I think you misunderstood my intentions on timing. If you time the duration and subtract a certain amount you can use that as a reference point of where to slow down the motor to finish the remainder of the cycle. This eliminate potential damage if a bind were to occur at the end of the cycle, and this completely removes the need for spinning the motor the opposite direction to ''relax'' the threads. Running full tilt until the current sensor kicks in is too late, and the reason you are having to back it up right now. If this process is repeated over and over again, something is definitely wearing out quicker. Just a suggestion...

    Thanks Jim, I see what you are now saying... I thought you were trying to eliminate the stall current sensing all together...
    I could certainly try that... but I have a feeling that even if the motor was slowed down a little, it would still have to experience a specific stall (i.e. torque) before shutting down. Maybe slowing it down like you said might not bind it as much.... I'll have to test.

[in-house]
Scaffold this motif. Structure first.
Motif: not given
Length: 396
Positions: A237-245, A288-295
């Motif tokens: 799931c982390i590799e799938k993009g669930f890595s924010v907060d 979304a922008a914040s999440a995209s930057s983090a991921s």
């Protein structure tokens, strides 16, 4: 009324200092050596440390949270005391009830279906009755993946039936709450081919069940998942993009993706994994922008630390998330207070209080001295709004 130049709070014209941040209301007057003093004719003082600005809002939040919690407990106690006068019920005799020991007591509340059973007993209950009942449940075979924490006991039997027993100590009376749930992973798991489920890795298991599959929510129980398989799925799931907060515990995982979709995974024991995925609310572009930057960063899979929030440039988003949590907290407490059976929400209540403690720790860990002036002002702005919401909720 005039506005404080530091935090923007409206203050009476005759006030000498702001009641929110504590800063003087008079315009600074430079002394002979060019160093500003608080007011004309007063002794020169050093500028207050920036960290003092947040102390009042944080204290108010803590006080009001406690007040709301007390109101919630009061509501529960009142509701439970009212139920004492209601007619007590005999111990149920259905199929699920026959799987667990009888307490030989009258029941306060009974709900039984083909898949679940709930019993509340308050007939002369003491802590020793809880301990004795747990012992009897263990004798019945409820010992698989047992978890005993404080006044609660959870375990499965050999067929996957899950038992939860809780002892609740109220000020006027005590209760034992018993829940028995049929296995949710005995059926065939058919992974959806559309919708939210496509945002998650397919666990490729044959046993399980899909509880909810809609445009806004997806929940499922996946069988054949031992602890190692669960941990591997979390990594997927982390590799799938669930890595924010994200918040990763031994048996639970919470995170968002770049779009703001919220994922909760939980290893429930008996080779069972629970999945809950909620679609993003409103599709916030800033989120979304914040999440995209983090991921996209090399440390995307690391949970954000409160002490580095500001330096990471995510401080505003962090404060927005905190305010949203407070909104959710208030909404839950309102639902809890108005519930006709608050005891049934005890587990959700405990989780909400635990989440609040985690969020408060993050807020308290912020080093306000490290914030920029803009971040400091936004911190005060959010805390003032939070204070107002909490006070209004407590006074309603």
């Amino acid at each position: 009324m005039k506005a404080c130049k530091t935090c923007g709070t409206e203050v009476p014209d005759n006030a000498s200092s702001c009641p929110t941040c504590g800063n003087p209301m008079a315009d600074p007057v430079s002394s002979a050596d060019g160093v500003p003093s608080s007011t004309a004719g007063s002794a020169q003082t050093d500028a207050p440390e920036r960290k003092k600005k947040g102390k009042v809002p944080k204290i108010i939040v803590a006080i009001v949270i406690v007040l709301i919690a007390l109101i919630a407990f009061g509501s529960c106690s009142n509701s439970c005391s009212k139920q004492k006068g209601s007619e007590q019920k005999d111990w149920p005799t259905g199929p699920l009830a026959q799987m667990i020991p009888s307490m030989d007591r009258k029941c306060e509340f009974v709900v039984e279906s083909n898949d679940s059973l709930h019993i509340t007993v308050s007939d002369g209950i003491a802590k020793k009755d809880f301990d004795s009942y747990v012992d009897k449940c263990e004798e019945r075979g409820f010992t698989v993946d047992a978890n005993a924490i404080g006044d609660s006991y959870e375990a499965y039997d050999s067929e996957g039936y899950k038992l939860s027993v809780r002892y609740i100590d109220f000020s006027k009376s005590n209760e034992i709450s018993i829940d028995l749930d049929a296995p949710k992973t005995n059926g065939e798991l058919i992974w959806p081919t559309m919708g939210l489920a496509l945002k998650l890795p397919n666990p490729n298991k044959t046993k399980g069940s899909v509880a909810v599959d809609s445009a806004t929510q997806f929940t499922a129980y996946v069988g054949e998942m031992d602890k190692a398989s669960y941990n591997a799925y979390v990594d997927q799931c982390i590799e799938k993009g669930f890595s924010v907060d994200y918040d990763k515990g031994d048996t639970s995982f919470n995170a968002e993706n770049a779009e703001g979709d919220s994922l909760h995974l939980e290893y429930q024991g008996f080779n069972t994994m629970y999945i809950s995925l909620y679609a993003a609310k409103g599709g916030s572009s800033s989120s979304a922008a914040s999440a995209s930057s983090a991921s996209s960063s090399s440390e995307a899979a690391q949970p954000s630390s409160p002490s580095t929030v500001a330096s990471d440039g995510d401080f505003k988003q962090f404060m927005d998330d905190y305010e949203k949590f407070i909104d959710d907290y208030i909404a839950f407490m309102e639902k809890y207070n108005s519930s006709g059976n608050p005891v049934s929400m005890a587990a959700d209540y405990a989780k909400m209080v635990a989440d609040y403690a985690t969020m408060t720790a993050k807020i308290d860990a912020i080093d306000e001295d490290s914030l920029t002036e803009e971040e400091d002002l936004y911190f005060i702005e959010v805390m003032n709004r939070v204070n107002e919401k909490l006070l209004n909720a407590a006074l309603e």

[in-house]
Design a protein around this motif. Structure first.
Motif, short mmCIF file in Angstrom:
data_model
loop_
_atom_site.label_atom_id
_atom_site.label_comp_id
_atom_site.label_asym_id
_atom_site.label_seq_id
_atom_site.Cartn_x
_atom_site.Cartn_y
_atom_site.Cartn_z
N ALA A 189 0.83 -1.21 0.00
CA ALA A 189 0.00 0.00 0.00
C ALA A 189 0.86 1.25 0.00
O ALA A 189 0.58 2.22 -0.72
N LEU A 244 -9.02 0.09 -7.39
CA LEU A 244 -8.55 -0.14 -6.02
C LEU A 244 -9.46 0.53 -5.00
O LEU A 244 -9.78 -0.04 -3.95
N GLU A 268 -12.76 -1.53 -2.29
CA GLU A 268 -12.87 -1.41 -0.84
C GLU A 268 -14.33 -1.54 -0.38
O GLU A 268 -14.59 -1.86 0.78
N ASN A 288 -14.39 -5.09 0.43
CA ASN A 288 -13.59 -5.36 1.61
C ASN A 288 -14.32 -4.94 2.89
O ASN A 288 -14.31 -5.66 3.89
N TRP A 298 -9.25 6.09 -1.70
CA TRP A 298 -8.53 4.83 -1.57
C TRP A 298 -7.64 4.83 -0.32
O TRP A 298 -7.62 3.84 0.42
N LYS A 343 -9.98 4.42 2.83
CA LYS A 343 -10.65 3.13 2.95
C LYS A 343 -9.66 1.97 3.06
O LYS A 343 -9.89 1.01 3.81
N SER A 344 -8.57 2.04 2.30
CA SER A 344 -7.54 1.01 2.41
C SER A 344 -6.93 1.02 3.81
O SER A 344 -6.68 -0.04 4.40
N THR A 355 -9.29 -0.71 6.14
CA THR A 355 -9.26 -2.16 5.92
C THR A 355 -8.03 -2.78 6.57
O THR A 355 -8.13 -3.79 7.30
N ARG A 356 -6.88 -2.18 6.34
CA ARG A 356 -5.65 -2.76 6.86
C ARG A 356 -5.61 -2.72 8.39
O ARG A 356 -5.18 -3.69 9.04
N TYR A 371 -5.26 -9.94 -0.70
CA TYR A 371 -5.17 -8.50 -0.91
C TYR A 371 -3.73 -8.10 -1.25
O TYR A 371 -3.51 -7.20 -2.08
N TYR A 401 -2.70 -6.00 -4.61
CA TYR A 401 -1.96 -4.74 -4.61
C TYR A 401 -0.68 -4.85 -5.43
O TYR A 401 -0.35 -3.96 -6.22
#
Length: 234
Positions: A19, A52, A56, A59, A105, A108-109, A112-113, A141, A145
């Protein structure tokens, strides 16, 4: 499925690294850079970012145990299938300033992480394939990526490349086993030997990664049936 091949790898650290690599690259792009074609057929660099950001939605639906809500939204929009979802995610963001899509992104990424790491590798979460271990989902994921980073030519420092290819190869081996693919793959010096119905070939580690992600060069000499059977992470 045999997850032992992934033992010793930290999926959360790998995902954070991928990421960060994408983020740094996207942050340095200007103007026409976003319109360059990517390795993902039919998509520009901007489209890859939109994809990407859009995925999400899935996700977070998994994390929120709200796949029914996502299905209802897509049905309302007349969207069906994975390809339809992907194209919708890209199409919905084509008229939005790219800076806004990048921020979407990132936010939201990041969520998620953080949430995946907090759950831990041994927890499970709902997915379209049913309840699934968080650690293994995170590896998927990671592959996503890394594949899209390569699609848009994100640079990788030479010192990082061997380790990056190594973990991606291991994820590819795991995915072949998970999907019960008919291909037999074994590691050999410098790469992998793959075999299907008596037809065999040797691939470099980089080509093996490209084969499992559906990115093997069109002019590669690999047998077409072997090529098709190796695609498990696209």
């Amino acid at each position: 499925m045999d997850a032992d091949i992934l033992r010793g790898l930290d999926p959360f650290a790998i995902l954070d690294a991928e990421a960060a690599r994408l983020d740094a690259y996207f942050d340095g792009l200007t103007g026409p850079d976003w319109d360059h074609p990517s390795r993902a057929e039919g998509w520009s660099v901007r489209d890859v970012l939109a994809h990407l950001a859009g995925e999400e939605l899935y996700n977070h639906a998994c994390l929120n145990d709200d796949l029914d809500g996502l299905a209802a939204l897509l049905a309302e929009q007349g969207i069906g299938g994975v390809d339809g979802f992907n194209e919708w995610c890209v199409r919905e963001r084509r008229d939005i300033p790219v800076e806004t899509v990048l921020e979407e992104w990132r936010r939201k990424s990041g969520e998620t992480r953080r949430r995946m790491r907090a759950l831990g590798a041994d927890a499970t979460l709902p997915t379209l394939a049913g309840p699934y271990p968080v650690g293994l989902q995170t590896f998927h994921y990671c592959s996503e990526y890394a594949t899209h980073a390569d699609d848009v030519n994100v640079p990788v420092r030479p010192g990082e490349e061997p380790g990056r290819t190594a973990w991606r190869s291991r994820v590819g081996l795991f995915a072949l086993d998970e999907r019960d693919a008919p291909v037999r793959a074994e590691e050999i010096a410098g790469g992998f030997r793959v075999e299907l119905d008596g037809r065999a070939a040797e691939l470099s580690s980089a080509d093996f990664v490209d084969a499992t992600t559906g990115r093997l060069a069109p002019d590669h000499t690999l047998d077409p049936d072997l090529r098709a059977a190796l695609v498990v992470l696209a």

I also found something out interesting late last night. I was pausing a little (200ms) before backing up the motor after sensing a stall condition... and in doing so, the mechanics would work 20-30 cycles until it would bind and not move when under control. What I did was then remove the pause such that it would immediately back up a little just as the stall conditions was sensed. I have since cycled the gear 40-50 times with 100% success! Go figure!